Protect Your Assets with Object Identification

Tips & Guides Newsletter

Published by Semler Appraisals & Estate Liquidations
A Professional Service for the Valuation of Personal Property

Spring, 2003  Vol. 5, No. 1 

Protect Your Assets with Object Identification

The Getty Information Institute developed Object ID, an international standard for describing art, antiques and antiquities.  While the primary purpose of Object ID is to facilitate the recovery of stolen works of art, it is useful in appraisals as well, to ensure adequate description of the appraised items.

There are four elements in the Object ID methodology:

  • Take photographs
  • Answer a checklist of questions
  • Include a description of the item
  • Keep it secure

Let’s take a closer look at each element:

Photographs: For high value items, photographs are vital for identification and recovery of stolen objects.  An overall view, plus close-ups of unique characteristics, inscriptions, markings, and condition are important.  Photographs are not as important in the appraisal of depreciable items, but images of groupings of items in a room and detail shots of the more significant items are still warranted. 

Checklist Questions:

  • Type of Object-Is it a desk, painting, Oriental rug?
  • Materials and Techniques-Is it silver, wood, oil on canvas?
  • Measurements-What is the size and/or weight of the object?  What unit of measurement?
  • Inscriptions & Markings-Are there any identifying markings, inscriptions, numbers, signatures on the property?
  • Distinguishing Features-Are there any physical characteristics to help identify it, such as manufacturing defects, damage or repairs?
  • Title-Does the object have a title (e.g., The Mona Lisa)?
  • Subject-What is pictured or represented (e.g., man on a horse, a landscape)?
  • Date-When was the object made (e.g., 2003, mid 18th Century, Ming Dynasty)?
  • Maker-Who made the object (e.g., Radio Shack, Renoir)?

Include any additional information to help identify the object that is not covered with the checklist questions.  Where was the item made, what is the shape, what is the color? 

Once the documentation is complete, store this information in a safe place, such as a safe deposit box or fireproof safe.

The degree to which an item is described in an appraisal will vary with the type of property, the function of the appraisal, the needs of the client and the scope of the assignment.

Visit the Getty Information Institute website for more information about Object ID,

Made In — Dating Marks on Pottery and Porcelain

  • Bone China: 1915 to present.
  • ©: Used since 1914 on U.S. wares.
  • Cooking Ware: 1923 to present.
  • Copyright: 1858 to present.
  • Craze Proof: 1960-1970.
  • Detergent Proof: 1944 to present.
  • Dishwasher Proof: 1955 to present.
  • Made In …: 1887 and after.
  • Made in Occupied Japan: 1945-1952.
  • Nippon: 1891-1921.
  • Oven Proof: After 1933.
  • Patent Pending: 1940 to present.
  • ® Used since 1940.
  • Refrigerator Ware: 1938-1952.
  • Union Label/Union Made: 1930s.

Oven Proof Mark Nippon Mark


An Executor? Need Help? We can be of assistance!

When it’s time to settle an estate, the executor faces a maze of decisions.  We can help!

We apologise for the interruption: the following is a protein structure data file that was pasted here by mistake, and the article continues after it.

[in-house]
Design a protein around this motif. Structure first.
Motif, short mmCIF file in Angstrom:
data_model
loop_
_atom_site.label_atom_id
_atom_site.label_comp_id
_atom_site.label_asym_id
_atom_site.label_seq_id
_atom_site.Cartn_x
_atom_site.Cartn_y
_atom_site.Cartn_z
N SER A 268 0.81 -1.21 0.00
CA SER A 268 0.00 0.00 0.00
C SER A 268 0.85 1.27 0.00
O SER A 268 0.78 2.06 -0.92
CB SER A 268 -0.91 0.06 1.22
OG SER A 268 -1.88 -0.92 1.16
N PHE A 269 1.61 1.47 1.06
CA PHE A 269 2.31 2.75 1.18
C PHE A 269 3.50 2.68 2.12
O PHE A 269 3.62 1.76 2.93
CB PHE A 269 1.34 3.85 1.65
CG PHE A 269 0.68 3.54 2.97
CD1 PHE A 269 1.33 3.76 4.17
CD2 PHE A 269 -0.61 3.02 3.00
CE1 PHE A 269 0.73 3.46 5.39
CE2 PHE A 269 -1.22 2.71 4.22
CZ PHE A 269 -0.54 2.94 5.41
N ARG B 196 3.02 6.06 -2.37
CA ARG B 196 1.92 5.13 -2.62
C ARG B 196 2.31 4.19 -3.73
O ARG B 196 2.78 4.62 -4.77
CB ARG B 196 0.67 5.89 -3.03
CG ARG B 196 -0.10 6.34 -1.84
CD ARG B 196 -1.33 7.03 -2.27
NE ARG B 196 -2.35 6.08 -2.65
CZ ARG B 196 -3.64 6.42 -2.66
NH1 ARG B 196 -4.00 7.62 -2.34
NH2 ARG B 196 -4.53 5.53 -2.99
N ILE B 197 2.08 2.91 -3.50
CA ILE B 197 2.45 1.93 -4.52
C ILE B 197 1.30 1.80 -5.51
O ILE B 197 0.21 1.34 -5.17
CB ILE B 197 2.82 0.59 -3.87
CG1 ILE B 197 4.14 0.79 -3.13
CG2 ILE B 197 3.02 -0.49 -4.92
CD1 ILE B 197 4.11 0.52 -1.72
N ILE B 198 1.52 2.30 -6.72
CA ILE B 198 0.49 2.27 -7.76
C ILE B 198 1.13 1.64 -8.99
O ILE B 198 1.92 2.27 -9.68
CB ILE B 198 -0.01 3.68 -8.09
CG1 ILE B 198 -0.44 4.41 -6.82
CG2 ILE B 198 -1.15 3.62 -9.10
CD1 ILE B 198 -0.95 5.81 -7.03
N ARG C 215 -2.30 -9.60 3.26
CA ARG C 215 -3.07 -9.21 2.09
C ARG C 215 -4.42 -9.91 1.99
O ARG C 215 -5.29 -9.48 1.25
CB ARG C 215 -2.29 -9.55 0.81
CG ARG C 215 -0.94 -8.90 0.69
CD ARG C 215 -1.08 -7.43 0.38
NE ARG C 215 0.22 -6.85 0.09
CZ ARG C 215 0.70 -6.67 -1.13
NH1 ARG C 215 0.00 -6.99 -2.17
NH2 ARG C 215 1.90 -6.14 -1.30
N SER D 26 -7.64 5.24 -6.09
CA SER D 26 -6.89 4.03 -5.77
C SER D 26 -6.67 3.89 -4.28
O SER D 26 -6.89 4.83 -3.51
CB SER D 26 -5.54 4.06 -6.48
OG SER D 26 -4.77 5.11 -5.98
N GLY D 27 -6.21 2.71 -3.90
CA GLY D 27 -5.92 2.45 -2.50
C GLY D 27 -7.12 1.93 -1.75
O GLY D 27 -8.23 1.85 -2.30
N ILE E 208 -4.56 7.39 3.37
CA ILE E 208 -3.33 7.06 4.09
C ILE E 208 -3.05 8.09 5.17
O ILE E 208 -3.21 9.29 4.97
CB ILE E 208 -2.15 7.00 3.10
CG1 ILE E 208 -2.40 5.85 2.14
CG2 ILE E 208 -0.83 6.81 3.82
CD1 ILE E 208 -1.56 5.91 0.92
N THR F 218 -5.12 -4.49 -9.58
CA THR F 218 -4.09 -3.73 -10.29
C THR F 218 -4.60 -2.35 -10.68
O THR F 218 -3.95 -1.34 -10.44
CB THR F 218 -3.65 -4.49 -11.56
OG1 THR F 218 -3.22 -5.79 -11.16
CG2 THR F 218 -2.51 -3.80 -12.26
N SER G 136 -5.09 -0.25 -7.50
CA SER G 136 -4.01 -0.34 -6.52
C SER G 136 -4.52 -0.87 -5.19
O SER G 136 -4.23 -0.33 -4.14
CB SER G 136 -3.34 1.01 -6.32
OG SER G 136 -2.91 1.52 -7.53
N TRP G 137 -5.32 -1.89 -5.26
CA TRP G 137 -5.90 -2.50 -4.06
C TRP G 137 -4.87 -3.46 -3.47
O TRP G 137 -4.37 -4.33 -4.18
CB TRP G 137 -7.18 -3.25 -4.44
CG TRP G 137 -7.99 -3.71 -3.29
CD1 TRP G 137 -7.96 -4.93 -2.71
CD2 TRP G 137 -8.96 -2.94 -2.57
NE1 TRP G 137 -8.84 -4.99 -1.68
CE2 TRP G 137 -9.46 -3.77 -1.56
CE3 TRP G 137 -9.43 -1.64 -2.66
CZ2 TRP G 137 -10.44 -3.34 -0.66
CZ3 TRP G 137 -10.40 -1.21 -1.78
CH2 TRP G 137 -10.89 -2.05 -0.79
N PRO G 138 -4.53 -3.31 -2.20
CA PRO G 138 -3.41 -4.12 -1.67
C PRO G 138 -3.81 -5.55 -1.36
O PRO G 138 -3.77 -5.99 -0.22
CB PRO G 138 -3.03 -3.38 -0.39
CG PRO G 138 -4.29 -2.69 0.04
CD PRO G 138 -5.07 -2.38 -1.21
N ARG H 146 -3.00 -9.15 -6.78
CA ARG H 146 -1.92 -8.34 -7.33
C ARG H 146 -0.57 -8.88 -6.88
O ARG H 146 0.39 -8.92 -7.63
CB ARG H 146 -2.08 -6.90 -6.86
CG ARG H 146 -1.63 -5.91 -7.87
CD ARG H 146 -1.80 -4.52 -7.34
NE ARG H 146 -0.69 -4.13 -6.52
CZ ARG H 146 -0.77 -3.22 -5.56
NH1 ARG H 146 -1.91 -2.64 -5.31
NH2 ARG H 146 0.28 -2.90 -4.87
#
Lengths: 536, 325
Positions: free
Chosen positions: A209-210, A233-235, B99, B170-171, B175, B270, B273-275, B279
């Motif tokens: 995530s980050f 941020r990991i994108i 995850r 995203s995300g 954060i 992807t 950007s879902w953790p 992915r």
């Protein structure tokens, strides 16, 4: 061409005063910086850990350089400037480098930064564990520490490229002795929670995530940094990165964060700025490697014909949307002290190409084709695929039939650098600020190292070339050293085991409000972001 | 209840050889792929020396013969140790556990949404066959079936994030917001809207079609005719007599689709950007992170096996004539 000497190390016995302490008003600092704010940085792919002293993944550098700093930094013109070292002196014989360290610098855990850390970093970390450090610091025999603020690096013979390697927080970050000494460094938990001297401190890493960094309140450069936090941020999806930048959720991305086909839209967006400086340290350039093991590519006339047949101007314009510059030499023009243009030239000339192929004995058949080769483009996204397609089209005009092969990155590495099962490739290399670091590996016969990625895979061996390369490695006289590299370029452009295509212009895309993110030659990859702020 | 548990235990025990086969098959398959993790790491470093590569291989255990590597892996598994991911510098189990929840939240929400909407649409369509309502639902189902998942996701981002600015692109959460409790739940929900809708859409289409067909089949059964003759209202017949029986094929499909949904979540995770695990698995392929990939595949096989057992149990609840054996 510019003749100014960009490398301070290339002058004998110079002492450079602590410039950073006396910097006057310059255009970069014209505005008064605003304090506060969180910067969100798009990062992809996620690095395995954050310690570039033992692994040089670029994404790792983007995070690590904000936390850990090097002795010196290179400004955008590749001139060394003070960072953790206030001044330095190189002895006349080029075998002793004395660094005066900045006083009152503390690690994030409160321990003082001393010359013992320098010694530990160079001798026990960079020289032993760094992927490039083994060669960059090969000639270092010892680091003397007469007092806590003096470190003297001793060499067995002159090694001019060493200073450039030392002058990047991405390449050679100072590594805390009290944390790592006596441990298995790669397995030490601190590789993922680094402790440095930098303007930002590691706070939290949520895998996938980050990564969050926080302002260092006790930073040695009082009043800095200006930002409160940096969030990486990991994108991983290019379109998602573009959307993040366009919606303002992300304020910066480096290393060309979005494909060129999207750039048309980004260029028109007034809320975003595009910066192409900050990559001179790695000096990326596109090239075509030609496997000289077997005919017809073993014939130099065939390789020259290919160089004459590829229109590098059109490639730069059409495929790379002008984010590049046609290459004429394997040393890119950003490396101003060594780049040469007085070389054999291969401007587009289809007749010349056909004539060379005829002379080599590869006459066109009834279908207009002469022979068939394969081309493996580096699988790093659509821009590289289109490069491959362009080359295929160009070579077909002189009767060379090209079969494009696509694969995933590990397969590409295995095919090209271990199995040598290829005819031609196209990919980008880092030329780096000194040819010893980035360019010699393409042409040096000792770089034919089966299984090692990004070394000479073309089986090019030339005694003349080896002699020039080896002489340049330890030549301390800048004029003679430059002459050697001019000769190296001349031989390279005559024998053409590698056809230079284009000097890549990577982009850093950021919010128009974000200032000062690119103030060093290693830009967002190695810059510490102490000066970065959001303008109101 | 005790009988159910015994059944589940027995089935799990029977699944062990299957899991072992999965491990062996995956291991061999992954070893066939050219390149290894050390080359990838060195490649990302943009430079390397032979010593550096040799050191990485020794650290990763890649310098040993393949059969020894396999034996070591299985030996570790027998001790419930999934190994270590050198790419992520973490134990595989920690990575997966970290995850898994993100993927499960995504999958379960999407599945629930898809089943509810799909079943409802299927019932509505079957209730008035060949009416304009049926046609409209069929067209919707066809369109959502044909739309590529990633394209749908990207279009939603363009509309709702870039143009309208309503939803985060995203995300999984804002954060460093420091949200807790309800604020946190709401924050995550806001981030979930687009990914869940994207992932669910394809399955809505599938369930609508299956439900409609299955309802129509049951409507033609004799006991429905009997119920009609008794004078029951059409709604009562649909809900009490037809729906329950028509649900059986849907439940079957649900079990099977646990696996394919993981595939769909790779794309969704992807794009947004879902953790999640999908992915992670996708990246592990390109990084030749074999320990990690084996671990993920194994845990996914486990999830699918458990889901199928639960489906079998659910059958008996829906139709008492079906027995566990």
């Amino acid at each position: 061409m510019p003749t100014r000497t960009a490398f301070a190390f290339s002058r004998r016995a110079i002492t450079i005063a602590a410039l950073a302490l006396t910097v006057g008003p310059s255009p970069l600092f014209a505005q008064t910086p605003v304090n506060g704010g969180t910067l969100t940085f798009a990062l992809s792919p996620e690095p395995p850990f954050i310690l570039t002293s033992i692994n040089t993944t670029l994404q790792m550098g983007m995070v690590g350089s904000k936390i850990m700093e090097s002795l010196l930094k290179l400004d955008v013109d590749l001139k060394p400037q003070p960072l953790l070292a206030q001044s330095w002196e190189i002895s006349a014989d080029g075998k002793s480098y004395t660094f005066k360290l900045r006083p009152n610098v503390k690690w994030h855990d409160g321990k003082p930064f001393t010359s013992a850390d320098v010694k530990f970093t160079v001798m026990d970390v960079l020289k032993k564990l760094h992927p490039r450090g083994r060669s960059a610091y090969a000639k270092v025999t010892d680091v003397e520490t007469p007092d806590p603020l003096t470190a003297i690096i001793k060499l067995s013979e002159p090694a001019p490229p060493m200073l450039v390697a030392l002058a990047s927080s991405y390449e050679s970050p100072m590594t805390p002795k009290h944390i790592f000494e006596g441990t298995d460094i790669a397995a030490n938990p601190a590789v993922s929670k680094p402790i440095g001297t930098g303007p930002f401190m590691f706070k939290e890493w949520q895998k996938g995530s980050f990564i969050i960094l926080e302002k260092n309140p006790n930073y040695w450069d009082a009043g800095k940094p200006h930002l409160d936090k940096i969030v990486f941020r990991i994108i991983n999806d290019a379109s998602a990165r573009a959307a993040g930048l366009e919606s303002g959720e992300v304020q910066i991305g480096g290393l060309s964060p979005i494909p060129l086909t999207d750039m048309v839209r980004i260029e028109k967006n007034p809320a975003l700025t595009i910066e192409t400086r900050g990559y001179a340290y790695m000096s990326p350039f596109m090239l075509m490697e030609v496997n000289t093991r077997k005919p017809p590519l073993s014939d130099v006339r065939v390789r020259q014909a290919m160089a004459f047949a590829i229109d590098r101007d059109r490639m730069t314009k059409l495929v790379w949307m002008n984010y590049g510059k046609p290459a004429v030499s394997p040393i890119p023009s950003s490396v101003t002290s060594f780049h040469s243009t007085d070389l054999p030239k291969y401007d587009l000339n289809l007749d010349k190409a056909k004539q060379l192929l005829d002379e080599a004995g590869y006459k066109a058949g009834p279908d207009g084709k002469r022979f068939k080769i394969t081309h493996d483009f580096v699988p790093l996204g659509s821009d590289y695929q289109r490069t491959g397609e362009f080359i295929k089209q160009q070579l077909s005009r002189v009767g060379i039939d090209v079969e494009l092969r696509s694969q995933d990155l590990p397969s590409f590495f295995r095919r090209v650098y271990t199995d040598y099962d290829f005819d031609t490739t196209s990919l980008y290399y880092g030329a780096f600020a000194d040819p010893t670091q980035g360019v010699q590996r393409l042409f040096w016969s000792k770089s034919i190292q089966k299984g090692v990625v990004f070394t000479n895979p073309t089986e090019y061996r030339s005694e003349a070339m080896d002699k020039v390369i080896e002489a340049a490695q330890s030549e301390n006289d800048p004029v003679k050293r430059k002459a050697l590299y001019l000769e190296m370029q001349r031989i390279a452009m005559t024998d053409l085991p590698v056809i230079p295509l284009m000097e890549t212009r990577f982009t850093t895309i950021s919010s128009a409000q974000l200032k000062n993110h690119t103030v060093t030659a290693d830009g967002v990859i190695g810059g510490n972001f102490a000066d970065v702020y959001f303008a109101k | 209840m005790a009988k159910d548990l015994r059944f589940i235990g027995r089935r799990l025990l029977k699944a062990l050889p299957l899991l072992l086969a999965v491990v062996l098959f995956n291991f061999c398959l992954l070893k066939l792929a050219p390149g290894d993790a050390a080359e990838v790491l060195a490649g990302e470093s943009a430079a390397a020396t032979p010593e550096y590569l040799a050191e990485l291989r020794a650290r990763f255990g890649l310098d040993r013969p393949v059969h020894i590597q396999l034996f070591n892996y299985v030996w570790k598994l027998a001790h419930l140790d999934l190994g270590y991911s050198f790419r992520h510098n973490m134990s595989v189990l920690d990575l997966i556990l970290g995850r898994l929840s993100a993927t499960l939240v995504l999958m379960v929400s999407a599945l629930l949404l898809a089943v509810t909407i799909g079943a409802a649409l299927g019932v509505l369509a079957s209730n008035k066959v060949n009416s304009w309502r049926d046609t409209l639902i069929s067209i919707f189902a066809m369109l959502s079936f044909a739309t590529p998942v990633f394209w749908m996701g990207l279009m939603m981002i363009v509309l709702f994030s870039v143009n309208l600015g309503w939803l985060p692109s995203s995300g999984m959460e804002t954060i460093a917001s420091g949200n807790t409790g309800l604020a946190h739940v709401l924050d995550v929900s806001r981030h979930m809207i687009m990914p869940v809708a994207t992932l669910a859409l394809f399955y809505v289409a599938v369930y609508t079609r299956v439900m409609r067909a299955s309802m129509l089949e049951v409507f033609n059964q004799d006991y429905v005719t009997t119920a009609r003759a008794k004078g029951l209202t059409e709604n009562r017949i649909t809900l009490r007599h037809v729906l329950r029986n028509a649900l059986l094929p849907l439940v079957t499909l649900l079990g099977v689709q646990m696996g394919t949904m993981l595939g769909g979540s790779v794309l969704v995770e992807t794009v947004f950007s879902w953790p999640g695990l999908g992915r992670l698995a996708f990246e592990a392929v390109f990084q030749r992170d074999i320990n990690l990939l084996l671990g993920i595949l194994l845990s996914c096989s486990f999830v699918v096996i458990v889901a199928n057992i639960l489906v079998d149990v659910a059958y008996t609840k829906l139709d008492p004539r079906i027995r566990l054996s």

Although well-established options are available to executors when disposing of cash and financial investments, this is rarely the case for managing an estate’s physical assets ­ the home, other real property, furniture, equipment, personal effects and heirlooms.  When executors are thrust into the role of settling estates, usually their biggest task is dealing with the many practical problems and challenges of these physical assets.

Services Include:

  • Explaining the tradeoffs and best strategies to manage the sale of different types of physical assets in the estate.
  • Helping to choose the best options and coordinating sales to maximize value to beneficiaries of the estate.
  • Providing or connecting the executor with services for appraisals of real and personal property, real estate sales, estate (tag) sales or auctions, the cleaning, moving, packing, and storing of the personal property, and the security and safekeeping of the assets.
  • Providing information, checklists and guidance to help the executor effectively discharge the duties of executor.

We adhere to a strict code of ethics governing conflict of interest, policy on referral fees, commission services, quality of outsourced services, commitment to the client’s success, and integrity in the role of advisor to the executor.

sold house iconRecently, we assisted an executor in Colorado with her parent’s estate in Dallas, by completing the appraisal of the personal property, coordinating the donation of bequeathed items, arranging for packing and delivery of family heirlooms, and then liquidating the remainder of the personal property. We made recommendations for a realtor, a locksmith, and a plumber.


Our Services

  • Appraisals for probate/estate tax; equitable distribution among heirs; insurance coverage and claims; non-cash charitable contribution; distribution in marital dissolution; bankruptcy.
  • Estate Liquidations by auction or tag sale.
  • Litigation Support
  • Lorrie Semler is a Certified Member of the International Society of Appraisers, specializing in Antiques & Residential Contents.


Thank YOU! 
Your referrals are always welcome.  Please let us know how we may better serve you.

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